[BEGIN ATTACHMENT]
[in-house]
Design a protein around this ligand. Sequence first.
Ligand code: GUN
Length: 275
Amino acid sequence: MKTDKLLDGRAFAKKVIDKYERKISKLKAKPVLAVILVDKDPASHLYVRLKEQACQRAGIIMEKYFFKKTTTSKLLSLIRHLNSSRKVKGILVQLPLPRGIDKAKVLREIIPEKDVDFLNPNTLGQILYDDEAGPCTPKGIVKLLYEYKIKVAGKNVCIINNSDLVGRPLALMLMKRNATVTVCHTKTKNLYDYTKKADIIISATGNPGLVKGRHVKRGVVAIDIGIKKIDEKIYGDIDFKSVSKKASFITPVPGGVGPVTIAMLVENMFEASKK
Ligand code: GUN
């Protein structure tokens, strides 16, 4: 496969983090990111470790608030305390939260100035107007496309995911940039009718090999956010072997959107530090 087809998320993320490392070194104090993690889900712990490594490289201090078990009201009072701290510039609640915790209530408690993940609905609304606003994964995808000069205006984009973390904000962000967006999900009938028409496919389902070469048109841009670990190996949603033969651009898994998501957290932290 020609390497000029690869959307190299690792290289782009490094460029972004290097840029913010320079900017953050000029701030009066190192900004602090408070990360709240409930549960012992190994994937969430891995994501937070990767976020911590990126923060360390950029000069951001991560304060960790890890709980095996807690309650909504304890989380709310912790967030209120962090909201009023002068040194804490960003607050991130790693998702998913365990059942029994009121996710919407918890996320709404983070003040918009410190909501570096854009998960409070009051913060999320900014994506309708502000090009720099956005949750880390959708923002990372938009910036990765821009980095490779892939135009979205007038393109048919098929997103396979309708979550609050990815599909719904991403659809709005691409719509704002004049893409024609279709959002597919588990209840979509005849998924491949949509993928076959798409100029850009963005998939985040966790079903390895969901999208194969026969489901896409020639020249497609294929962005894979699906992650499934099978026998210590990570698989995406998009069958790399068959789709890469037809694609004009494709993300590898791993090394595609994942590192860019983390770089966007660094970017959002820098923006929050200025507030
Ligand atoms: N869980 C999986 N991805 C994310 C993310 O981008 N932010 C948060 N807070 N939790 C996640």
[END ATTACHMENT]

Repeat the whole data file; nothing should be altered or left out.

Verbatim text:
[in-house]
Design a protein around this ligand. Sequence first.
Ligand code: GUN
Length: 275
Amino acid sequence: MKTDKLLDGRAFAKKVIDKYERKISKLKAKPVLAVILVDKDPASHLYVRLKEQACQRAGIIMEKYFFKKTTTSKLLSLIRHLNSSRKVKGILVQLPLPRGIDKAKVLREIIPEKDVDFLNPNTLGQILYDDEAGPCTPKGIVKLLYEYKIKVAGKNVCIINNSDLVGRPLALMLMKRNATVTVCHTKTKNLYDYTKKADIIISATGNPGLVKGRHVKRGVVAIDIGIKKIDEKIYGDIDFKSVSKKASFITPVPGGVGPVTIAMLVENMFEASKK
Ligand code: GUN
């Protein structure tokens, strides 16, 4: 496969983090990111470790608030305390939260100035107007496309995911940039009718090999956010072997959107530090 087809998320993320490392070194104090993690889900712990490594490289201090078990009201009072701290510039609640915790209530408690993940609905609304606003994964995808000069205006984009973390904000962000967006999900009938028409496919389902070469048109841009670990190996949603033969651009898994998501957290932290 020609390497000029690869959307190299690792290289782009490094460029972004290097840029913010320079900017953050000029701030009066190192900004602090408070990360709240409930549960012992190994994937969430891995994501937070990767976020911590990126923060360390950029000069951001991560304060960790890890709980095996807690309650909504304890989380709310912790967030209120962090909201009023002068040194804490960003607050991130790693998702998913365990059942029994009121996710919407918890996320709404983070003040918009410190909501570096854009998960409070009051913060999320900014994506309708502000090009720099956005949750880390959708923002990372938009910036990765821009980095490779892939135009979205007038393109048919098929997103396979309708979550609050990815599909719904991403659809709005691409719509704002004049893409024609279709959002597919588990209840979509005849998924491949949509993928076959798409100029850009963005998939985040966790079903390895969901999208194969026969489901896409020639020249497609294929962005894979699906992650499934099978026998210590990570698989995406998009069958790399068959789709890469037809694609004009494709993300590898791993090394595609994942590192860019983390770089966007660094970017959002820098923006929050200025507030
Ligand atoms: N869980 C999986 N991805 C994310 C993310 O981008 N932010 C948060 N807070 N939790 C996640």